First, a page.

Founders / Interviews

Balancing the Grind with Andrea Atzori, Co-Founder & Director at Ambire

Andrea Atzori is the co-founder & director at Ambire, an independent performance marketing agency based in Sydney.

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1) To kick things off, could you tell us a little about your career background and current role?

My career has taken me from working client-side in the travel industry back home in Italy to some exciting times working for the world’s biggest media agencies in London.

This was at a time when Google’s AdWords was only a new player on the scene and it was a fast-paced and hectic lifestyle, definitely from the days before a work-life balance had been conceptualised of.

I was offered a job in a small start-up agency in Sydney with one of my now best friends, James Dixon, and despite my initial reservations about going from the world’s biggest players to a small one, I really valued my time at AtomicSearch.

However, as all good things must come to an end, I moved to iProspect and soon realised I wasn’t cut out for office politics and bureaucratic red tape, and so I launched my own digital marketing company, Ambire, in 2017.

My interest in paid media started while still working in travel – although I always kick myself when I think I didn’t see the importance of SEO back in the early days of Google – I’d be a millionaire today if we’d started from day dot.

2) What does a day in the life look like for you? Can you take us through a recent workday?

Clichéd it may be, but I do start my day at 4am. What can I say? I’m a morning person. I like to start the day by catching up on what’s happened overnight in Italy and around the world and then flicking through my RSS feed to keep up with the digital marketing news of the day.

Then, it’s time to get the day planned for myself and the team. I’ve learnt that a lot of my team isn’t too keen on receiving emails at 5am, so I now schedule them all to be sent at 8am – makes for a much happier office that day.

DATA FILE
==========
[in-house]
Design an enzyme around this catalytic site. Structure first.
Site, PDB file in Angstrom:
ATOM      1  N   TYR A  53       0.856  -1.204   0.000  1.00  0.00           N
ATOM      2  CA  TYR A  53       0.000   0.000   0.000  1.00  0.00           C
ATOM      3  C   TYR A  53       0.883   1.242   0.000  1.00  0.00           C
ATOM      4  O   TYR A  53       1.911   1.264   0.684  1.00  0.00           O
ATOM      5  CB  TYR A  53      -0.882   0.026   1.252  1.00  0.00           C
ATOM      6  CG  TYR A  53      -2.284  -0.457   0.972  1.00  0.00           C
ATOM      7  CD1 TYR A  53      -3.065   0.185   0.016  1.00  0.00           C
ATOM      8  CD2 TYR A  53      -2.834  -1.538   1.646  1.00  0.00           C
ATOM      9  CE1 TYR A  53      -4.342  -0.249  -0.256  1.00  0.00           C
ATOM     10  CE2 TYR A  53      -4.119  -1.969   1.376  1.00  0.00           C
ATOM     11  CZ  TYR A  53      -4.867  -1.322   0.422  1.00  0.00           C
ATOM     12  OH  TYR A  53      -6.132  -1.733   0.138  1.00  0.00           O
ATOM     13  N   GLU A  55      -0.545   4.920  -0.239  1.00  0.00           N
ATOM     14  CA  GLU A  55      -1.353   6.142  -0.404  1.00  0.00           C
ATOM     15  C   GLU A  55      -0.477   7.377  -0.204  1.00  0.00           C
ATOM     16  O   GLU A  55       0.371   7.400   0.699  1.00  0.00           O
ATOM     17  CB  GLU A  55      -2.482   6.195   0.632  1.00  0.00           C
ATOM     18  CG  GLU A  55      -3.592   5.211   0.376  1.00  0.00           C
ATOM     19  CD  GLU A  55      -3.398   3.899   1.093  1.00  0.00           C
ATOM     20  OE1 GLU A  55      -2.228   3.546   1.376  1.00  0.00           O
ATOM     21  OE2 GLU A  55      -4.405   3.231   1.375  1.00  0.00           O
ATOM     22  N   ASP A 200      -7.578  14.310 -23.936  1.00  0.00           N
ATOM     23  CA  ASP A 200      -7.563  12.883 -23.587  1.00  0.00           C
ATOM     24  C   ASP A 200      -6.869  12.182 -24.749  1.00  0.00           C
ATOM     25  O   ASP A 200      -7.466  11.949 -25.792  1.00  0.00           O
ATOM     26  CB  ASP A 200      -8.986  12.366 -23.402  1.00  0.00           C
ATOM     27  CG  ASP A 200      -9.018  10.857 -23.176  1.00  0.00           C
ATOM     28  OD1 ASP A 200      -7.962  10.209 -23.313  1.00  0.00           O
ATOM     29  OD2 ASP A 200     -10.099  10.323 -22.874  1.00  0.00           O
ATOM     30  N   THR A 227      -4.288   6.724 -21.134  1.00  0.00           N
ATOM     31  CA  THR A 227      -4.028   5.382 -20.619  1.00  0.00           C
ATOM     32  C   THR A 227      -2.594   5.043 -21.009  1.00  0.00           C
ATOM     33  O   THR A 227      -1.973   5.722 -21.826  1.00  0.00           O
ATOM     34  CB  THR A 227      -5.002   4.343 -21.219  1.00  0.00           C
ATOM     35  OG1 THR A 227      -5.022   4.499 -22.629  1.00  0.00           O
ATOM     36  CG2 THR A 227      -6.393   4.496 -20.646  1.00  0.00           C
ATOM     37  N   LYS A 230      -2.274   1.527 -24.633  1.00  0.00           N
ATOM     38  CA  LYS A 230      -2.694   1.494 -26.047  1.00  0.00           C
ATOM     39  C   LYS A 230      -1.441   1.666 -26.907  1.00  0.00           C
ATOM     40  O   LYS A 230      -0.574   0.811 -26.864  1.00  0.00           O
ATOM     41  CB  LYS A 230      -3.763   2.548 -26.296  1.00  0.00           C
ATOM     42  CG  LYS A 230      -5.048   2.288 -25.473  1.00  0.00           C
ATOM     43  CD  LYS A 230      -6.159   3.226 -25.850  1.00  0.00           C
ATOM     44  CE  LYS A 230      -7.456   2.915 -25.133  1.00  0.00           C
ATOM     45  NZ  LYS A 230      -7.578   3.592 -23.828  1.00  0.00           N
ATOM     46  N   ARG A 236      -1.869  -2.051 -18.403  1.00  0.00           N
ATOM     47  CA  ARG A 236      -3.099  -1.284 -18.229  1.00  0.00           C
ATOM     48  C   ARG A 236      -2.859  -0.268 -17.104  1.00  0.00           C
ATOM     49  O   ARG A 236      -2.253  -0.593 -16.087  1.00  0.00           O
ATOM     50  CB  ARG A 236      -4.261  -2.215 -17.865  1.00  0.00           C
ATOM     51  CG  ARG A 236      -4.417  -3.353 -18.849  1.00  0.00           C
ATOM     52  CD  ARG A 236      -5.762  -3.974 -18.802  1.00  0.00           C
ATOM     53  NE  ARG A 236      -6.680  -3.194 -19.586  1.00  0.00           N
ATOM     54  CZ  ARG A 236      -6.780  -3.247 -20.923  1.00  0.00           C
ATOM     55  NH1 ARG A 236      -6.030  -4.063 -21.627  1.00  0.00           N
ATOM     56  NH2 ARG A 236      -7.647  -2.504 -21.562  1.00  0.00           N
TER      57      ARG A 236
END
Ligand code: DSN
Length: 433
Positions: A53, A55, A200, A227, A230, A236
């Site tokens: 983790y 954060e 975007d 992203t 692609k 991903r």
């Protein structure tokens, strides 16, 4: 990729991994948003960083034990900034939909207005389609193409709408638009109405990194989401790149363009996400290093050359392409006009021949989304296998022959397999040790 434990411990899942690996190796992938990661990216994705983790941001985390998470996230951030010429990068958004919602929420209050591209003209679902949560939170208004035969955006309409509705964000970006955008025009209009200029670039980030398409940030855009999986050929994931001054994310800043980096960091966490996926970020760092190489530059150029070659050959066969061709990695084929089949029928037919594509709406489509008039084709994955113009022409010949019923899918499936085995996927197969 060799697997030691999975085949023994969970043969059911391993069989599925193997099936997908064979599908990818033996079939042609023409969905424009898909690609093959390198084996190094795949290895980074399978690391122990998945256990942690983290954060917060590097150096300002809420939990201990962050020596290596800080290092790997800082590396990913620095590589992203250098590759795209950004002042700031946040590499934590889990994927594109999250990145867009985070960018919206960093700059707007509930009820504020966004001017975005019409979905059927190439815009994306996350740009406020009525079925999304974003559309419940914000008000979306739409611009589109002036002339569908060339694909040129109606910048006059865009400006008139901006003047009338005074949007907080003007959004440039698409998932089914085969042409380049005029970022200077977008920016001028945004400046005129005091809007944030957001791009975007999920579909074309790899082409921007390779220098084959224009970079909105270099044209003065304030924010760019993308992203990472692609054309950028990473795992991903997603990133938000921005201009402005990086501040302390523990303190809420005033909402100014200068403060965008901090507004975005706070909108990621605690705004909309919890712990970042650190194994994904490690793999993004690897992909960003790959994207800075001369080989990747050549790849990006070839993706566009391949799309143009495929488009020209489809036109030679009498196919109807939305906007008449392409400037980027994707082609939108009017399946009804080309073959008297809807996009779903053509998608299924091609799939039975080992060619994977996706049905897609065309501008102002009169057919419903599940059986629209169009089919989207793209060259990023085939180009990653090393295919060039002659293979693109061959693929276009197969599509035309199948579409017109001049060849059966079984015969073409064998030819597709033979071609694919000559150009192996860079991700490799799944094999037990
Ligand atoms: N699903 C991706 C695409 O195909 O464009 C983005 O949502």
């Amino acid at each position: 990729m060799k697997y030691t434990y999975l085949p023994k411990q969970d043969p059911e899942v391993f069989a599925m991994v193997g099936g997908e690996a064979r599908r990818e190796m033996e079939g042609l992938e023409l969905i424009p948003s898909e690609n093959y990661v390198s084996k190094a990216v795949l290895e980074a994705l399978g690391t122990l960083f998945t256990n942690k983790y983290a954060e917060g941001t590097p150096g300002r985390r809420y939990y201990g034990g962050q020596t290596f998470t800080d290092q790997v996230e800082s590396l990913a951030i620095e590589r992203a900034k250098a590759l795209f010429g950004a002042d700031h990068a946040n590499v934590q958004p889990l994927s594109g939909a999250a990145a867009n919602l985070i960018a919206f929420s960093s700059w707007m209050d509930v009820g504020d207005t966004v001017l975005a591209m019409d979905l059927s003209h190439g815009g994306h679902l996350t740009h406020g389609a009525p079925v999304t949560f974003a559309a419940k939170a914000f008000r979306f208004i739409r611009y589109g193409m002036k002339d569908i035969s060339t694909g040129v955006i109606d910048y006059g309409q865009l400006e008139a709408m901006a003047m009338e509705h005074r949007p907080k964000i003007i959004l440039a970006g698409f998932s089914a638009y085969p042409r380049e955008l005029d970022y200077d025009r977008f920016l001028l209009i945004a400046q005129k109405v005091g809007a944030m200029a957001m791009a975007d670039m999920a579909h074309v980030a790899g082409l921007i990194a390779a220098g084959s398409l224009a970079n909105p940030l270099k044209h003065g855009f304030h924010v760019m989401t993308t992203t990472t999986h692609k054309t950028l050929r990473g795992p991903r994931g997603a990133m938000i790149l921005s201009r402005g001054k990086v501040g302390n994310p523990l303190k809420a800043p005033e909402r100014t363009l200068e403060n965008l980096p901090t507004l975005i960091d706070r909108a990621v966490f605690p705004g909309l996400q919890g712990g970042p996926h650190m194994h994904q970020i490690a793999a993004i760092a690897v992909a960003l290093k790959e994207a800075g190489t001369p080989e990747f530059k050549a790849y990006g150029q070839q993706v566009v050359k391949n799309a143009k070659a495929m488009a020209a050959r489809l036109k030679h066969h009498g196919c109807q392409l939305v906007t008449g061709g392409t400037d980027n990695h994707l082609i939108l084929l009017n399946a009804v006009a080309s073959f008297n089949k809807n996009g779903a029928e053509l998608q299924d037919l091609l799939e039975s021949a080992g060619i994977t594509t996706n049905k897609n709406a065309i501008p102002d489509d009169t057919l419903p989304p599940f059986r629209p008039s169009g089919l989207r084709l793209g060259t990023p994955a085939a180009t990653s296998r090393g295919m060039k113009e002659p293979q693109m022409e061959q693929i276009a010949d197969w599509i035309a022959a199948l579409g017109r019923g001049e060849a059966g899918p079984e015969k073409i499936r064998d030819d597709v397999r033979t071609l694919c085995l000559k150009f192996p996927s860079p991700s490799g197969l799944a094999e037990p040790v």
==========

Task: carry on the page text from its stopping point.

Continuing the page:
In typical Italian fashion, I then have my strong espresso – without it I’m insufferable – before the house descends into chaos at 7am when the kids get up.

Then in true Zuckerberg style, I put on my ‘uniform’ of a grey t-shirt – but a fashionable one – and escape the madness of the house by dashing the 5 minutes around the corner to work.

From there, every day is different although I always start by catching up with my team. I try to deal with important tasks in the morning, whether it’s planning strategy, client meetings or preparing pitches.

In the afternoon, I’ll get through whatever is left before I’m usually the last one to leave.

At home, it’s more work. I kid (mostly).

3) Does your current role allow for flexible or remote working? If so, how does that fit into your life and routine?

Yes. I basically live in the office and work at home. No, but really, they are very close. However, I much prefer to be in the office as much as I can.

4) What does work-life balance mean to you and how do you work to achieve that goal?

For me, work-life balance is about actively making and taking the time to completely switch off from even thinking about work. I have found that since starting my own company, this is much harder to do as I want to be involved in every aspect of the business, right down to the most intricate of details.

I am trying to counteract this by ensuring I have a strong team around me to whom I am comfortable delegating important tasks, and then trusting such tasks will be properly completed.

One part of the day that I look forward to the most is dinner time. After all, I’m Italian. I grew up in a large family and learnt to cook at Nonna’s side. I love getting in the kitchen, and have to say I like taking over this space. For us, dinner time is when we get the whole family together, sit down and share a meal. There are no phones (so no emails or work notifications) and no TV.

In fact, sometimes I can even be found cooking pizza in our clients’ offices.

Other important things for me include eating healthy and taking care of my body. Swimming is a great form of mindful exercise for me, and I used to be able to spend hours in the pool. Same goes for walking.